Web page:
Life – Music and Approaches

Music and Life –

I woke up this morning really pumped.  Though sleepy, I was happy to be able to open my eyes and start a new day.  It’s also great to wake up next to a person you like and love.   We got through the morning “launch”, even dancing through a couple of songs on the radio, and still hit the departure time.  There are a couple of songs that played during this time.

The first one, I like has a simple, repeating,  adhesive melody, but  with oddly dark and menacing words. It is eminently danceable and you can play sensually with the rhythm and each other. It’s fun when you play when you’re dancing and your partner responds even more playfully ( I hope it plays again tomorrow).

“Pumped Up Kicks”  by Foster the People (audio).


The second song is a lively, rhythmic , Jamaican Love Song with light, fun lyrics and it fun and makes me want to dance. Find someone you like and dance it with them. The video is also entertaining:

“Say Hey ( I Love You)” by Michael Franti (audio)

Say Hey – I Love You by Michael Franti – Official Video

The third song was “Some Nights” by Fun.  The energy and strong rhythm of the chorus makes me feel joyful and makes me move. The lyrics are weak and mostly about not knowing what he stands for. It could have been a better marriage if the lyrics were about what he does stand for. But, the music carries the day. The audio version and the  written lyrics, to me, are unrelated to the Civil War theme of the video e.g. “jack my style” and finding a distracting  female “martyr in my bed”, “worried that you’ll forget me again” and “I wake up… and see your ghost…”, “..die in the desert sun…I called you up and we both agreed” don’t  clearly connect for me to a (Civil) war story. Regardless, the rhythm and energy are very danceable.

” Some Nights” by Fun  (Nate Ruess)


Another lively song also has Jamaican musical roots – “I’m on Top of the World” by Imagine Dragons.


Once, I hadn’t gone out with anyone for a long time. Dancing ,which I enjoy, was my socializing, but it ended with the music. I then met someone with potential, and this song came to mind. The music is is fun, but the lyrics are what carry it.  It shows, after a long winter of solitude, the budding feeling at the beginning of a romantic relationship and the combination of uncertainty and the promising chemistry, and the feeling of happiness at the meeting and the pleasant experience of discovery.

Billy Joel – Longest Time


In affairs of the heart, sometimes one can’t “convince” a woman to change her mind. It reminds me of a passage from Bill Joel’s “She’s Always a Woman”

and she never gives out
And she never gives in,
she just changes her mind

Ultimately, she’s the only one who can change her mind. Hopefully, you can give her information she didn’t know and tell her what you’re feeling, what you wanted to happen and why you wanted it to happen, and, if she’s willing to listen, then maybe…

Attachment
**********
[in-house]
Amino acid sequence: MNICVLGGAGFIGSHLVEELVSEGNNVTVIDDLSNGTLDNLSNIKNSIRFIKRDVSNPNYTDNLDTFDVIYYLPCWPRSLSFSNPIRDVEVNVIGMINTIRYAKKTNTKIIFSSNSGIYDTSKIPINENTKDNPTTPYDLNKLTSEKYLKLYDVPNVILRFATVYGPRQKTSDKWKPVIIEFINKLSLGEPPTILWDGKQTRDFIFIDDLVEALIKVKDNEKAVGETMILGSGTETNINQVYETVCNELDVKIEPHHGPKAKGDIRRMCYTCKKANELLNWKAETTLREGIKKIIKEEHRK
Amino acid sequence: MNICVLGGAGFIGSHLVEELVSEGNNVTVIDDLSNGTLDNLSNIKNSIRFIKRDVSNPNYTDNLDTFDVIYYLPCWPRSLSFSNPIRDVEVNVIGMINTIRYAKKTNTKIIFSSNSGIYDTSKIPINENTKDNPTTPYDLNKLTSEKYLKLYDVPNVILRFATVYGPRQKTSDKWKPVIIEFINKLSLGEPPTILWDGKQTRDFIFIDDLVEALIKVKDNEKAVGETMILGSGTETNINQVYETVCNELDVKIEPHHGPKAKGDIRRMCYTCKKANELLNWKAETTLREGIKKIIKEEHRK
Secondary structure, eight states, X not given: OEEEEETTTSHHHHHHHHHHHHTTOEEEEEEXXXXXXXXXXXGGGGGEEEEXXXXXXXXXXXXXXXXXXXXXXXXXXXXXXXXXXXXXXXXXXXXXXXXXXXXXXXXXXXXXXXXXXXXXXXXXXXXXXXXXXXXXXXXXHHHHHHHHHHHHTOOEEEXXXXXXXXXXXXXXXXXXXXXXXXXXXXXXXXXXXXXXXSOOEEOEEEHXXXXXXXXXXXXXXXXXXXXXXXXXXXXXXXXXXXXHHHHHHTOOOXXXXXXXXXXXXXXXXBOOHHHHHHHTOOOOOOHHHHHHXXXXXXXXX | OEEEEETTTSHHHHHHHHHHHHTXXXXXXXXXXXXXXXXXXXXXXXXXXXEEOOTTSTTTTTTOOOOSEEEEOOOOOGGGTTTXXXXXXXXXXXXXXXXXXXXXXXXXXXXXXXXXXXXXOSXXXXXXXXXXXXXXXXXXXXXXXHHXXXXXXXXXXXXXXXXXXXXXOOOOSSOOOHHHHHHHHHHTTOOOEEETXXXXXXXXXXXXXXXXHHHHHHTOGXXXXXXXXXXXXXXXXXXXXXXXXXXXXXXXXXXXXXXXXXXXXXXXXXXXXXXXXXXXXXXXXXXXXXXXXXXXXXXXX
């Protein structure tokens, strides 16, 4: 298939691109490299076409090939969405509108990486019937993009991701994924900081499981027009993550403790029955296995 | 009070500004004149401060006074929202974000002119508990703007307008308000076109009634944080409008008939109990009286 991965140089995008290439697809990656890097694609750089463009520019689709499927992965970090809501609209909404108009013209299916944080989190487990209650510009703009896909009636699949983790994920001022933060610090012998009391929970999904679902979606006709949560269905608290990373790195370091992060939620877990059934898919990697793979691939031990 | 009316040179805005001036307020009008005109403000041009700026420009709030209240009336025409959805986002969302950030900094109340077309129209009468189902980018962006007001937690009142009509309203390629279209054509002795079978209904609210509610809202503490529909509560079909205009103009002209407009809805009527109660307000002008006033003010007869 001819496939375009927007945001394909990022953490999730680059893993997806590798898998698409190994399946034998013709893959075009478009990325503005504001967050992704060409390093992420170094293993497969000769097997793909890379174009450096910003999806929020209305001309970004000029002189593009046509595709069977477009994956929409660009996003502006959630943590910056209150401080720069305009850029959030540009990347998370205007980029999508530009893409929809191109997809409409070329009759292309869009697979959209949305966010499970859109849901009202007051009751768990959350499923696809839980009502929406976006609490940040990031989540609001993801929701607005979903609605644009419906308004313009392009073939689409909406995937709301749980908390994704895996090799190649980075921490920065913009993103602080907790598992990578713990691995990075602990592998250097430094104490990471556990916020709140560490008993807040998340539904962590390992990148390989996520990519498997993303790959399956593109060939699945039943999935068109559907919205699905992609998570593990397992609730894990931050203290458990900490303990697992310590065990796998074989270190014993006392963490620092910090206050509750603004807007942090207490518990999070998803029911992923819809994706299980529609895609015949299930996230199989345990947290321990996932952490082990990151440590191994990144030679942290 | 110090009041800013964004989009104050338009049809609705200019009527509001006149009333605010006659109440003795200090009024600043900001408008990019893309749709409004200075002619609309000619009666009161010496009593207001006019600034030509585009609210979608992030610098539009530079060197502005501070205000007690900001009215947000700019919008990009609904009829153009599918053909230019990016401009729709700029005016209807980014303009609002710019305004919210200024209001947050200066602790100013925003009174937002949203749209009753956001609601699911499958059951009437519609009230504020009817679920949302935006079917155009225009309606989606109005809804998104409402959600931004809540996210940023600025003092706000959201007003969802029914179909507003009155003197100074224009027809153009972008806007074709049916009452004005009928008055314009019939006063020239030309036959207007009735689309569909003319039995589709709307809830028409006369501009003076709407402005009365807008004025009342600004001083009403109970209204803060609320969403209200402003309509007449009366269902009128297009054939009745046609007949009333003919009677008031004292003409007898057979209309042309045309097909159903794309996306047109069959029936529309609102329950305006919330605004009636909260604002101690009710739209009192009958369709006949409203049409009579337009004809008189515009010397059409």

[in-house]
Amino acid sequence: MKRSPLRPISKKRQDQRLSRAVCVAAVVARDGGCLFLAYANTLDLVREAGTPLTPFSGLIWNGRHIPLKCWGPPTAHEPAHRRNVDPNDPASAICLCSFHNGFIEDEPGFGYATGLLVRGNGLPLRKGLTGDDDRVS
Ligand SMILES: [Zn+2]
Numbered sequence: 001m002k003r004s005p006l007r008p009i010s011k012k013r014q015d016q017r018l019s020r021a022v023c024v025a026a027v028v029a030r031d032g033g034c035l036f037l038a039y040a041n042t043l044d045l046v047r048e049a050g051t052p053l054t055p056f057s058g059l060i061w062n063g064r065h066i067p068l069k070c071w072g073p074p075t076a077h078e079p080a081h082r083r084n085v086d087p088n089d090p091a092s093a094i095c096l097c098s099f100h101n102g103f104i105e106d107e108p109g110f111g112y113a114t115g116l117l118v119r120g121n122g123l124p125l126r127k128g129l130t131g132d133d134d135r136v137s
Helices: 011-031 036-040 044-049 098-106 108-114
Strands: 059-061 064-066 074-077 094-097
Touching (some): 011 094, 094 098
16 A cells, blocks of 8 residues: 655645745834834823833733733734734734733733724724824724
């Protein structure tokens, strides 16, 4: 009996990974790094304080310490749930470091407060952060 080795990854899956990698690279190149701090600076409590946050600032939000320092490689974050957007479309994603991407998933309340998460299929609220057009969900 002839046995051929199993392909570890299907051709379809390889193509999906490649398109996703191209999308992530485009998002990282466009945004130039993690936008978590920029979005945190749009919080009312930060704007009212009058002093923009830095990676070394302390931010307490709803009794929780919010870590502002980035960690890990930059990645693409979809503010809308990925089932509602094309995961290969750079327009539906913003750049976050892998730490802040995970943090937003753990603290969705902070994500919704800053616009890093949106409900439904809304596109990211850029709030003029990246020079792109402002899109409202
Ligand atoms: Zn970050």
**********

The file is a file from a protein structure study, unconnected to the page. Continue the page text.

There’s another passage where he sings:

And she’ll promise you more than the garden of Eden
Then she’ll carelessly cut you and laugh while you’re bleeding
But she’ll bring out the best and the worst you can be

From your point of view, she might be wonderful, but she may cut you and laugh if she’s paying attention, or ignore if she she’s not. (Someone once said the opposite of love is not hate, it is indifference- I know that’s true). In all cases, she can inspire you or she can crush you. While this can be uplifting or devastating, you have the ability to uplift her or drain the joy out of her, too.

Here’s the song: Billy Joel – Always a Woman.


I’m a guy. I tend to be quiet, reflective. I see things and do pay attention, but I try not to form an immediate judgement – I think life is a lot like that Indian story where the Chief tells a visitor that his son found and captured a beautiful white stallion and brought it home to train and ride. The visitor responded ” How wonderful that he was to capture such a fine horse”. The Chief responded “Not really. While he was training the horse, it threw him off and he broke his leg.”. The visitor answered” That’s terrible”.  The Chief responded “Not really. Shortly after that, my son had to stay behind when the young braves went out on a war party, and many of them were killed”… and the discussion continued like that.

So, as a quiet, romantic male, I heard this song when a fellow worker got married. She was a blithe spirit and he was good ol’ boy and I didn’t know if he would allow her to fly enough to keep her spirit alive. The song is a wish that people can communicate non-verbally and be able to trust in and count on that communication. Words can clarify, but they may ultimately have the same dependability as non-verbal “feeling”. (On reflection, the non-verbal might be more reliable, especially if you are the more discerning type who pays more attention to what people do than to what they say.) So, here is the song:

Alison Krauss – When You Say Nothing at All.


Another marvelous and uplifting Country song talks about the challenges of life and the daily choices that we make regarding them that shape what we do as well as the joy and quality of our lives. Some great lyrics.

I Hope You Dance – Lee Ann Womack


Another good story told in a country song, is about a bar owner, who doesn’t have anyone in his life, and is cleaning up by himself at the end of the night. A woman comes trying to find her purse that she thinks she might have left in the bar. I liked how the story evolves and how they surprise each other.

We  Danced  – Brad Paisley


In a change of pace, in a movie featuring Richard Gere (I believe), there was a tune that played in the background of one scene in his apartment that was ethereal. I was able to track it down (pre Shazam – what a wonderful application! Its developer should be sainted along with the inventors of air conditioning, the snow blower, and General Zou’s chef) and found it was written by a French composer, Leo Delibes over 130 years ago. It is a duet between a coloratura soprano (the highest range female singer) and a mezzo-soprano  (next highest female singer).  This music is one of my absolute favorites.

Duet of the Flowers – Delibes


I went to a good concert in Chicago where the headliner was Robin Thick singing “Blurred Lines”.  He sang the song well, but disappointed me because he skipped part of his act, confusing his band who didn’t understand that he wanted to just get it over with. His disinterest in being there was obvious to us in the crowd. The last performer was a young woman who’s first songs were very loud and punk-rocky and we bailed to beat the traffic. What I didn’t realize was that she sang a song that I really like and I would have enjoyed hearing it that night. It’s a lively song about how “after all this time”, and things that has passed, she’s telling her boyfriend “she’s still into him”.